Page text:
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MEET THE FOUNDER: Redgerald Nyamadzavo from Flexi-Africa, Zimbabwe

TechInAfrica – Meet Gerald Nyamadzavo , one of Flexi-Africa founders – a platform that encourages African businesses to sell their products to the world. Flexi Africa encourages African-made products to be distributed to consumers all over the world and mainly in Africa. Below is the interview wrapped with him.

From left: Nass Aoun (co-founder), Redgerald Nyamadzavo (CEO and Co-founder), Nyashadzashe Nguwo (Co-founder)

1. First of all, can you pitch us your company in just a few sentences?

Flexi Africa is a boundary- breaking new ecommerce platform designed specifically for Zimbabwean Vendors. It was build to help the Zimbabwean/African population take advantage of the growing market for digital sales and shopping fulfillment. At the same time it offers the world a consolidated online Zimbabwean marketplace.

Built specifically with small footprint, tech unsavvy local business in mind, our platform provides the ideal brokerage solution to 6.8 million Internet users in Zimbabwe and for 437.5 million Internet users across the African continent

2. Can you tell us more about yourself, your personal background, your experience and how you went to this journey?

I am an aircraft engineer, but I started getting into digital marketing and sourcing goods from china and selling them on eBay and shopify in 2015. I grew one of my stores on shopify to be one of most visited store online. In 2017, I started researching about e-commerce in Zimbabwe, and I found there was no prominent ecommerce site that connected customers and business, that’s how Flexi Africa came about. I then reached out to my close friends Nass Aoun, who holds an MBA and has deep knowledge in customer relations and international business and Nyasha Nguwo who has deep knowledge and experience in IT and marketing. In 2018 we started building the website and started reaching out to third parties like DHL, pay now, direct pay online and other local business to partner up with. By October 2018 the platform was done and we held a launch party at Jameson hold which had an attendance of about 300 business owners. Fast forward to April 2019, we have close a 1000 products listed and have started our expansion into South Africa

3. Can you tell us more about Zimbabwe? Why this market?

Zimbabwe is perhaps the greatest overlooked opportunity in the ecommerce sphere. With more than 6.8 million and growing people already using Internet daily and no company focused digitalizing the commercial market, it’s a market that’s begging for a dedicated broker.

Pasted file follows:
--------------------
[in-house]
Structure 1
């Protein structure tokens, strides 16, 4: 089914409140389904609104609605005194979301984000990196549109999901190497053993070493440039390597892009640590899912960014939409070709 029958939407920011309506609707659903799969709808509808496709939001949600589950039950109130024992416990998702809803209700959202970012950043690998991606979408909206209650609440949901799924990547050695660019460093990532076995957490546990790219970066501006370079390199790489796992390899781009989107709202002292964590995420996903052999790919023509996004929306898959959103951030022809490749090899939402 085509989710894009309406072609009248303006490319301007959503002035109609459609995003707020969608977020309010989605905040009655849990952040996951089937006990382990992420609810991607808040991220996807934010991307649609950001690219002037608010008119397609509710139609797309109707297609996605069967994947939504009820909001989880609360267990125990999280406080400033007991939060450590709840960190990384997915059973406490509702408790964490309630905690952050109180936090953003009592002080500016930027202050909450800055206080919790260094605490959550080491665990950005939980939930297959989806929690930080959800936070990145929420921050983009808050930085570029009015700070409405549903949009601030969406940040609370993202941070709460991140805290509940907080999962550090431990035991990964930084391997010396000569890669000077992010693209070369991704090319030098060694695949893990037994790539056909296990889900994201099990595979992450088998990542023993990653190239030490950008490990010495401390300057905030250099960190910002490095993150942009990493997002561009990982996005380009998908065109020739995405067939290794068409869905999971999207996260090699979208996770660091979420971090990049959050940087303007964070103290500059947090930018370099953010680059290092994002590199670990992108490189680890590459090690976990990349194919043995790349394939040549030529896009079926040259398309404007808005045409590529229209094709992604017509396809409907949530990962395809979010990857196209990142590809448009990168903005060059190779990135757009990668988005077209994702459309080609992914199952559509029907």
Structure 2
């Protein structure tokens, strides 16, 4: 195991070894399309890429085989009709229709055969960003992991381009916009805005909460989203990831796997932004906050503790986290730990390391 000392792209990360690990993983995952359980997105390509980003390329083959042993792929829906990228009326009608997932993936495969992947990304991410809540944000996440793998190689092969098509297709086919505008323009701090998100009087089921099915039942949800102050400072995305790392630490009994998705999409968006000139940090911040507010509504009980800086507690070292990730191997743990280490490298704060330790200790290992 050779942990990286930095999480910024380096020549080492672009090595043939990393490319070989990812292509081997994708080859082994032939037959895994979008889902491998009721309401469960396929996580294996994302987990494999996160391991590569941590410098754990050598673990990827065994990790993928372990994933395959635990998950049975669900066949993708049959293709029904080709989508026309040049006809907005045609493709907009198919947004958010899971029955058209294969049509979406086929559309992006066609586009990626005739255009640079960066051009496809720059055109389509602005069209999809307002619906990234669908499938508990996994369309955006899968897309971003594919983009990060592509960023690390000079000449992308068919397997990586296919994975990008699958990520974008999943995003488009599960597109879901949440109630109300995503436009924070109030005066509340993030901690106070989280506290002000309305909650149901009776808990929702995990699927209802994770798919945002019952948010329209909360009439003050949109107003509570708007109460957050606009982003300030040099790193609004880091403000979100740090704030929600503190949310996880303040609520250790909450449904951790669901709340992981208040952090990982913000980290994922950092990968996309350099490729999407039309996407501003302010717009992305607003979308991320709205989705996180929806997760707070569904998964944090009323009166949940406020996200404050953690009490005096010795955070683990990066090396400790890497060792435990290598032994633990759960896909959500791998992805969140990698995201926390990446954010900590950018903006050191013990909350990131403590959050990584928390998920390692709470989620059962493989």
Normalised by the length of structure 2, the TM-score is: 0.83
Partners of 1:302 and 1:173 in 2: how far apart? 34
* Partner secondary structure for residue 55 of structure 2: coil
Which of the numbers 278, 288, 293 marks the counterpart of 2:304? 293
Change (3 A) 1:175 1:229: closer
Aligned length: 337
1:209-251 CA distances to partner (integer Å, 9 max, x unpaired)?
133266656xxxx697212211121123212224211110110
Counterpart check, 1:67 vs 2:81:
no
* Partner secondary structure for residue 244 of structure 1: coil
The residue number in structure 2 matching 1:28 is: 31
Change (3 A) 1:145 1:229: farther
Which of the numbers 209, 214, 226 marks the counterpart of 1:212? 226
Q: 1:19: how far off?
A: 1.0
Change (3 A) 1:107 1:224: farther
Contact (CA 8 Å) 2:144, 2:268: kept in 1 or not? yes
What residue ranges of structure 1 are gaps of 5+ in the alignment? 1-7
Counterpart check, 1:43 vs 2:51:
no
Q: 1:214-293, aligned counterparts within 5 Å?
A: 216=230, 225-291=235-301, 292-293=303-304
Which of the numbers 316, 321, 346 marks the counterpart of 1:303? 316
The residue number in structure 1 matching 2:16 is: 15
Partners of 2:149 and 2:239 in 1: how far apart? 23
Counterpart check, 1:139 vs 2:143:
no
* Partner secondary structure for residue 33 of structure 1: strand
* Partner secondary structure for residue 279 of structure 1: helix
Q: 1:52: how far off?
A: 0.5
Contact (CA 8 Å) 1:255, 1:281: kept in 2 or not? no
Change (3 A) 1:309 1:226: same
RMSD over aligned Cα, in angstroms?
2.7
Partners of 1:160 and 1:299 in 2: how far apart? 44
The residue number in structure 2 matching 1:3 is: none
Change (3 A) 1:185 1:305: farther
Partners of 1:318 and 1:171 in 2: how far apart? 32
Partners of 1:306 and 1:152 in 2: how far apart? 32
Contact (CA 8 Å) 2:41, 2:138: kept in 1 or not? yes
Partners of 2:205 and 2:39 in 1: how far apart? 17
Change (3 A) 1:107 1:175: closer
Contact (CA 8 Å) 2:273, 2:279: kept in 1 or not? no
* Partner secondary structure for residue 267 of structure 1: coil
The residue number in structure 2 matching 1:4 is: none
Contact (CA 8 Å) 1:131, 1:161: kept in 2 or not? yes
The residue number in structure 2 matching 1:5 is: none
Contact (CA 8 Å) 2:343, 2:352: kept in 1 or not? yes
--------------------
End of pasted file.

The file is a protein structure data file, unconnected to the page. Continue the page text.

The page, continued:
4. What are the main issues you have been facing with flexi-africa in Zimbabwe?

Logistics remain a considerable burden on both those who want to sell internationally, within Zimbabwe and within Africa. It is also our main issue we are facing since local cheaper logistics companies do not have online platforms that can allow them to intergrate with our platform. However, we making steps to work with local logistics companies on providing an online platforms for their customers

5. Who are your main competitors around? And outside of the country, who are your inspiration?

In Zimbabwe, we are the only ecommerce site that focuses on cross border trading although locally you have the likes of ownai, classifieds etc. In Africa, you have the bigger player in the industry such as Jumia, which recently listed on the New York stock exchange.

6. What is your point of view, as a startup founder, about Zimbabwe? 

Zimbabwe is a very interesting entrepreneurial field. Most of the population is millennials, which makes it easy to attract new technologies in the country. On the other hand you have the older generation that are in control of most of the system and they judge your business model based on who you know but not the merits of the model. I think as Zimbabwean entrepreneurs we should create our own ecosystem that supports our startups.

7. Is it hard to find investors there?

Its not hard to find investors if the business model is solid and your team is knowledgeable. The only factor that might discourage investors in investing in Zimbabwean startups is the country risk.

8. What do you think is lacking to Zimbabwe to develop it more? What are the main barriers to develop a startup there?

I think technology is lacking in Zimbabwe, once as a country we adopt technology business/start ups are going to save money, have access to enhanced customer data, speed things up (not wait in lines all the time), have more organized information and bring business communities together hence building a more sustainable eco system.
The main barriers to develop startups in Zim are lack of exposure for Zimbabwean entrepreneurs to sustainable business.

9. What is your perspective for the next years on Zimbabwe and more regionally on Africa?

I think Zimbabwe and Africa in general is going to thrive in the next few years, the numbers already showing that Africa is going to be a hub spot for startups in the next coming years. We have high growing population across Africa; Internet penetration is on the rise, we are seeing an increase in higher GDP across most African countries.

10. As you know, we are always on the look of great startups, new products and amazing entrepreneurs, could you name a few locally or regionally in Zimbabwe?

Last mile delivery is an upcoming logistics company that’s providing jobs and cheaper delivery across Zimbabwean rural areas.

For the further information go visit www.flexiafrica.com; and send an email to redgerald.nyamadzavo@flexiafrica.com

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